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WWII vet to get Purple Heart 70 years later

U.S. Army Air Corps Ball Turret Gunner Richard Faulkner (standing, far left) and his crew pose in front of a B-17 bomber. (click for larger version)
March 05, 2014 - World War II veteran Richard Faulkner is finally going to receive his Purple Heart 70 years after being wounded in northern France thanks to the efforts of his daughter-in-law Mary Ellen Faulkner, of Addison Township.

"It's quite a story," Mary Ellen said. "It could almost be a movie."

A former member of the 100th Bomb Group 350th Bombardment Squadron, Richard is the sole survivor of a B-17 destroyed on March 18, 1944 during a mission to Augsburg, Germany. He spent 29 days behind enemy lines, eluding the Germans with the help of the French Resistance (or Underground) until he was finally rescued by the British Navy.

The 89-year-old resident of Auburn, New York will be presented his Purple Heart on Saturday, March 8.

"He told me, 'Now, don't make a big fuss,'" Mary Ellen said.

Richard was serving as a ball turret gunner on a B-17 bomber when his plane was literally cut in half after being hit by another B-17 that was going down. It was his first bombing mission.

He managed to bail out, but his parachute failed to deploy, so he had to reach in and pull it out by hand.

The straps hit his jaw and knocked him out. He awoke under his chute in northern France.

Richard hid from German soldiers until a local farmer found him and hid him in his hayloft. Soon, he discovered he was covered in dried blood and his knees and ankles were swollen making it difficult to walk.

Moving from house to house, Richard was in constant danger of being captured by the Germans while the French people that harbored him were in constant danger of being executed for aiding the enemy. He later learned that one of the families that helped him was shot by the Nazis.

The French Underground tried to teach Richard their native tongue so he could blend in better, but he couldn't get the accent right.

They told him to just keep his mouth shut and "act dumb."

"This was not a problem because I really could not understand (French)," he recalled in a written account of his life.

Luck must have been on Richard's side because there were many instances when he could have easily been discovered, but wasn't.

His close-calls ranged from eating in a cafe full of German soldiers on Easter Sunday to riding on a Paris subway car next to a Gestapo officer with a briefcase handcuffed to his wrist and an armed guard by his side.

At one point, the guard bumped into Richard and he gave the German a "dirty look." Fortunately, the officer diffused the situation, but it was a enough to scare the heck out of Richard. "I know I turned white with fright," he recalled.

When Richard made it to Paris, he was introduced to a captain in British intelligence, who questioned him to ensure he wasn't a German spy.

"I was then taken on a sight-seeing tour," he recalled. "I was terrified because I thought every German soldier was watching me, but they were busy sight-seeing, too."

Given his dangerous situation, his paranoia was justified. Richard recalled how two American gunners he met along the way and was traveling with were captured by the Gestapo and held as prisoners of war until freed by Allied forces.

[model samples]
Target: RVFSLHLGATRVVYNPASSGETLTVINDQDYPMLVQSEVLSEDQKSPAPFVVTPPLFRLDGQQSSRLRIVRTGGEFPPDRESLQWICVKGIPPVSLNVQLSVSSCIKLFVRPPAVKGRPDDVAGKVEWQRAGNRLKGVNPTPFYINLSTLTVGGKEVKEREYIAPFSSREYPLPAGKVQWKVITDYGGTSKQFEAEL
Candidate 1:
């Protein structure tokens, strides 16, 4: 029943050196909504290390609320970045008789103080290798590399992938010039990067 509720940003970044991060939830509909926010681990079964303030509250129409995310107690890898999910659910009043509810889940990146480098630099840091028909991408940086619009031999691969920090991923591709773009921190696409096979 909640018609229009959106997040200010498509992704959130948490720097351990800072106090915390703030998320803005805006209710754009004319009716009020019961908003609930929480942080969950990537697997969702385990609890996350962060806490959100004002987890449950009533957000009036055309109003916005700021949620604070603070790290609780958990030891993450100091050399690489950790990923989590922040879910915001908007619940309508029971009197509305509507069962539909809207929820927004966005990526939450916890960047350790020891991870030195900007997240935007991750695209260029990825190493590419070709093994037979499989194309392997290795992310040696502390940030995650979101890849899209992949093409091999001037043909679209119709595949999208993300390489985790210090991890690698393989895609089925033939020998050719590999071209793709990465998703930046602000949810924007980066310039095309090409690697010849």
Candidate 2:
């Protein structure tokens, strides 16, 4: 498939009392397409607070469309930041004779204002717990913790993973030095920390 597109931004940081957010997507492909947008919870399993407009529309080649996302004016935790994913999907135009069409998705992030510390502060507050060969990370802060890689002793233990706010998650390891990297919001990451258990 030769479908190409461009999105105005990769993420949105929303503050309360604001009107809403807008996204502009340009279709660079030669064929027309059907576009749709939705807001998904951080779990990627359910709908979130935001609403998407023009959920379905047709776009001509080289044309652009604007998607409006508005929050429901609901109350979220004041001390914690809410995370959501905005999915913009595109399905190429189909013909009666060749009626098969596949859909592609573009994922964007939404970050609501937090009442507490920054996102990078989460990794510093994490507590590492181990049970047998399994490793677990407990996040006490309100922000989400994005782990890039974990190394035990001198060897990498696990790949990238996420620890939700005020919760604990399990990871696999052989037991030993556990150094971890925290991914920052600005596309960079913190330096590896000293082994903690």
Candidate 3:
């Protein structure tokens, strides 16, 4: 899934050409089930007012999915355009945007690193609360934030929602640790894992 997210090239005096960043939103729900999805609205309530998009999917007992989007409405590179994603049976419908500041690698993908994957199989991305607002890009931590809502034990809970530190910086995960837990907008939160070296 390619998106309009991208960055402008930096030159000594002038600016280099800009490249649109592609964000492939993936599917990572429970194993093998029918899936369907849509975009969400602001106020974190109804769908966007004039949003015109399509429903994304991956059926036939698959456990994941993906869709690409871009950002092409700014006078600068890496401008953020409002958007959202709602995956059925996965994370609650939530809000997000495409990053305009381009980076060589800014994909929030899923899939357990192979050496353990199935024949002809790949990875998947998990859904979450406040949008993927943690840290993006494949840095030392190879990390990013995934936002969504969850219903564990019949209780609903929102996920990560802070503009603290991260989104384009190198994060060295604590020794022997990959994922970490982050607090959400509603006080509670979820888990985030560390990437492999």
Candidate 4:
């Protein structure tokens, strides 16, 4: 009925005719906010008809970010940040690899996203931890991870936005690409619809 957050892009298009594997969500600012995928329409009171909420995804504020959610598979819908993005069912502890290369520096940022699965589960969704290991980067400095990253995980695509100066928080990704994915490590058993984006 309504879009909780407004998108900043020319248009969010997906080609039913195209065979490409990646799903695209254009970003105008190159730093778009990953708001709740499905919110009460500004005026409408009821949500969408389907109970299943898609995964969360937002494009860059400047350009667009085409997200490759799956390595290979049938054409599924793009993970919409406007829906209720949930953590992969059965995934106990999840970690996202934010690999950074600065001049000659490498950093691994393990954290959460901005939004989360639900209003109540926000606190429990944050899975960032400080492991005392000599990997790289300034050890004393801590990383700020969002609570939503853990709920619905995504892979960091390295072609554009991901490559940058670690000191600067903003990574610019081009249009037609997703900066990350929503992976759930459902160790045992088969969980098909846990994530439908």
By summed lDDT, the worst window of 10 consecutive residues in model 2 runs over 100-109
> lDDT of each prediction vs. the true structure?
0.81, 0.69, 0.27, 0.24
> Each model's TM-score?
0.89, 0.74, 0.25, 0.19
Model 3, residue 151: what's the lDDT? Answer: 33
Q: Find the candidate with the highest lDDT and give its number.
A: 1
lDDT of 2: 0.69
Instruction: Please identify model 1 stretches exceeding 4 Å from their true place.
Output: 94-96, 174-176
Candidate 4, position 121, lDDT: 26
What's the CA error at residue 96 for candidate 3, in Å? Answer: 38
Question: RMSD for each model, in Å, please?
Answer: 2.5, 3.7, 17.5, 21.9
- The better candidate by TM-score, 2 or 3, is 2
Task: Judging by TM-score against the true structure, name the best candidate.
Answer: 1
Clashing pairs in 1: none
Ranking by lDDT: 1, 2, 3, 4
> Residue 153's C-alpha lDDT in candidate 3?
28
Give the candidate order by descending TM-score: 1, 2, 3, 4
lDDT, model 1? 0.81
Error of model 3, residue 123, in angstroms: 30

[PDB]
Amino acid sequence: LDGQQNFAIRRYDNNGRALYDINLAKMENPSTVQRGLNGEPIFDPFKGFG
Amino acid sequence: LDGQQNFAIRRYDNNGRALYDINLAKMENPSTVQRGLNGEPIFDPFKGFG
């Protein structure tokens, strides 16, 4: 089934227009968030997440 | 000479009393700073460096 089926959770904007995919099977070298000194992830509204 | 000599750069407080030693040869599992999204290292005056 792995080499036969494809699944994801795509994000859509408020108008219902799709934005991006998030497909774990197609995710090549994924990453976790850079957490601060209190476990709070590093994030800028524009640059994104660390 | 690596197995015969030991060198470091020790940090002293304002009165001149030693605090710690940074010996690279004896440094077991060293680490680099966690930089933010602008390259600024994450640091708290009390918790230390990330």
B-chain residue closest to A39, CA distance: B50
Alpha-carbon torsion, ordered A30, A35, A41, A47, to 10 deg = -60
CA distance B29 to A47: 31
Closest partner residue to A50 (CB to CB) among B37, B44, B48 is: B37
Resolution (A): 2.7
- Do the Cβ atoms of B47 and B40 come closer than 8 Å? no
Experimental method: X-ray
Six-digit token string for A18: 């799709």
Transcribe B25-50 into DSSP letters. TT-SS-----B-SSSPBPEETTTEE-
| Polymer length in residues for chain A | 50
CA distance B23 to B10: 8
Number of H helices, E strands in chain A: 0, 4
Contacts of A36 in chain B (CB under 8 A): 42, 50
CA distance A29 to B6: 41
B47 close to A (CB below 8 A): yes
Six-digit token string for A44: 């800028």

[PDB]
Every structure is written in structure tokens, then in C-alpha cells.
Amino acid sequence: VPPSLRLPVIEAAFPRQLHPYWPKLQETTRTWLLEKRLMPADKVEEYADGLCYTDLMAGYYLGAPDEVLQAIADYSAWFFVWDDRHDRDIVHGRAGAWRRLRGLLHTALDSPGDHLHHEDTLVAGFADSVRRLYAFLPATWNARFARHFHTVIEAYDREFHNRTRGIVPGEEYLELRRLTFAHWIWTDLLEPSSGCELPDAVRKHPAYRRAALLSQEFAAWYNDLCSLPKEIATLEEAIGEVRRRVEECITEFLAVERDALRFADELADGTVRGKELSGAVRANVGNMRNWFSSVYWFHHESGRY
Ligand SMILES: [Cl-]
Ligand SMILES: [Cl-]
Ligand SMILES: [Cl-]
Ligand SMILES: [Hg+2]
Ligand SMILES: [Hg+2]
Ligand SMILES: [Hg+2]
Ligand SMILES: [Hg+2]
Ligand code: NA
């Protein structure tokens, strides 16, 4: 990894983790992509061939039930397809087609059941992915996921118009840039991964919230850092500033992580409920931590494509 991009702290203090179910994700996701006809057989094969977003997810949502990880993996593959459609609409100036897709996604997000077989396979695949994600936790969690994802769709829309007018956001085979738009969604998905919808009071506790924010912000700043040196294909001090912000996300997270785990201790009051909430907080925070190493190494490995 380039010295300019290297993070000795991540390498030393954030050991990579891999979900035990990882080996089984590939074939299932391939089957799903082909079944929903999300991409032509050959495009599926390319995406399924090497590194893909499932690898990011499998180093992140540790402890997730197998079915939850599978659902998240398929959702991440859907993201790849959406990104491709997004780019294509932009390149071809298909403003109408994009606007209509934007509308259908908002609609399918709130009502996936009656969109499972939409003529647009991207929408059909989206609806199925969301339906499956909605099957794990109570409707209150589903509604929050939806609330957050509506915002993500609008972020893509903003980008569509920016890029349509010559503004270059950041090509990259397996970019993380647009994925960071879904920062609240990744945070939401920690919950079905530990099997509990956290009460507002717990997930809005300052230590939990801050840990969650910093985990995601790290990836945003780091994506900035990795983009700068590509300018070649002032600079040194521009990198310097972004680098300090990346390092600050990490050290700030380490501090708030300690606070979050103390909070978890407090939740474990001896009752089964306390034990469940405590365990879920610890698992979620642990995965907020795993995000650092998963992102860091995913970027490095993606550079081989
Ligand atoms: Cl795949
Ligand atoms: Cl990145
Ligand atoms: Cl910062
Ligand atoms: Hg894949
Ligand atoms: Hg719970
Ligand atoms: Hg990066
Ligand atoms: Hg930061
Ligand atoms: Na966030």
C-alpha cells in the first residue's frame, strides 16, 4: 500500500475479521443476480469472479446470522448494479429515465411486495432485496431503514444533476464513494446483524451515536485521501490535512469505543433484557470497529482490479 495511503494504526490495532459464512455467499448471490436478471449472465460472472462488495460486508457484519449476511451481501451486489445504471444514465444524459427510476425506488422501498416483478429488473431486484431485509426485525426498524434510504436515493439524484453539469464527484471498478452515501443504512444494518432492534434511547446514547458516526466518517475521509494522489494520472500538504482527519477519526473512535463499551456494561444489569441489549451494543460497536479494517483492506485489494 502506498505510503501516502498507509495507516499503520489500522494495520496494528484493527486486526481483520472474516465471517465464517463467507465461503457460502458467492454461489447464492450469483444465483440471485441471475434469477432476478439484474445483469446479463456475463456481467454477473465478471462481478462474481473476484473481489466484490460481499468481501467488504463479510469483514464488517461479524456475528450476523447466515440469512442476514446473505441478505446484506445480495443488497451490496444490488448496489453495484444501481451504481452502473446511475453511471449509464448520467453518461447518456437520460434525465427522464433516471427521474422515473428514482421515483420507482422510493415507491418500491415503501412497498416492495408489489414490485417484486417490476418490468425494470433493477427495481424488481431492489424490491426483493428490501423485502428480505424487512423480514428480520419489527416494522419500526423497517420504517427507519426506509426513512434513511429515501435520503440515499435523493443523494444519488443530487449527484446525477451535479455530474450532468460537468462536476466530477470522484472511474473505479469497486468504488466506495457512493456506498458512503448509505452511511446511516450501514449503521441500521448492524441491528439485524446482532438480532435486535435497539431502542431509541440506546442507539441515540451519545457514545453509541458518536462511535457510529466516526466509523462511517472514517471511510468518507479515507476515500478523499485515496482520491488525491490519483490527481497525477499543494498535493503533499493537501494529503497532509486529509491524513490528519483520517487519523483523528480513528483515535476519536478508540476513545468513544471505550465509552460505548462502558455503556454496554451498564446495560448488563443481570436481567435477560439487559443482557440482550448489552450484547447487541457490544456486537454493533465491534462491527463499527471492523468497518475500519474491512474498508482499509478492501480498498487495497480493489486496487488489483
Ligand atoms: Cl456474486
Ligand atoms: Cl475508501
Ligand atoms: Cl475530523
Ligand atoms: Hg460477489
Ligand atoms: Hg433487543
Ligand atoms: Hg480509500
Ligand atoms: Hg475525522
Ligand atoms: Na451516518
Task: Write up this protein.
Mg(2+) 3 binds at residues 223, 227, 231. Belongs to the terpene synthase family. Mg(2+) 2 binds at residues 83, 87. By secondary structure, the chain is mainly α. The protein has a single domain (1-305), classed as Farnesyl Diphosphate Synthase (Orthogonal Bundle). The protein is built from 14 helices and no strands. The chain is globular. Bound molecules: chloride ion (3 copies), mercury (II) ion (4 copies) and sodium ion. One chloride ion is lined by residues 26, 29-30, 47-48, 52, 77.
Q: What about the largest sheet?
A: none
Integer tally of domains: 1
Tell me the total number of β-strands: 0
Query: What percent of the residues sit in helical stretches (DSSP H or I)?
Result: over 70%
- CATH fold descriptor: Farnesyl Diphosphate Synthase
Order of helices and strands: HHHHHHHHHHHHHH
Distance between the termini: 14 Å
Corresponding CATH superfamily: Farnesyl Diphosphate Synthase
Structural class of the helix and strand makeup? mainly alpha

Eventually, he made it to the French town of Morlaix, located on the Brittany Peninsula, which extends into the British Channel.

There, in the early morning hours of April 16, 1944, he boarded a British torpedo boat.

But he wasn't home free yet.

Once aboard, German E-boats began shooting at them and the British boat's gunner was killed. Because of his experience, Richard manned the machine gun with the bloody body of his predecessor still laying on the deck.

Soon, two British fighter planes chased the E-boats away and Richard's boat was able to sail for Britain.

"We still had to man battle stations because we were still in enemy waters and it was daylight," he recalled. Fortunately, the rest of the trip was uneventful.

At the time of his rescue, Richard weighed 110 pounds and his knees and ankles were still in bad shape.

Like many men of his generation, Richard never talked about his wartime experiences until much later in life.

"It's only been in the past 10 years that we've learned what he went through," Mary Ellen said.

When she found out he had earned a Purple Heart, but had never received it, Mary Ellen started making phone calls and wading through a sea of bureaucratic red tape to ensure her father-in-law received the medal he deserves.

It took almost a year, but on Jan. 14, 2014, Richard was officially awarded his Purple Heart. He will actually receive it this Saturday. "I think it's important that people really understand what the whole war was about and what (the servicemen) sacrificed for everybody," Mary Ellen said. "I give anybody credit (who's been to war). It's a tough thing."

CJ Carnacchio is editor for The Oxford Leader. He lives in the Village of Oxford with his wife Connie and daughter Larissa. When he's not busy working on the newspaper, he enjoys cigars/pipes, Martinis/Scotch, hunting and fishing.
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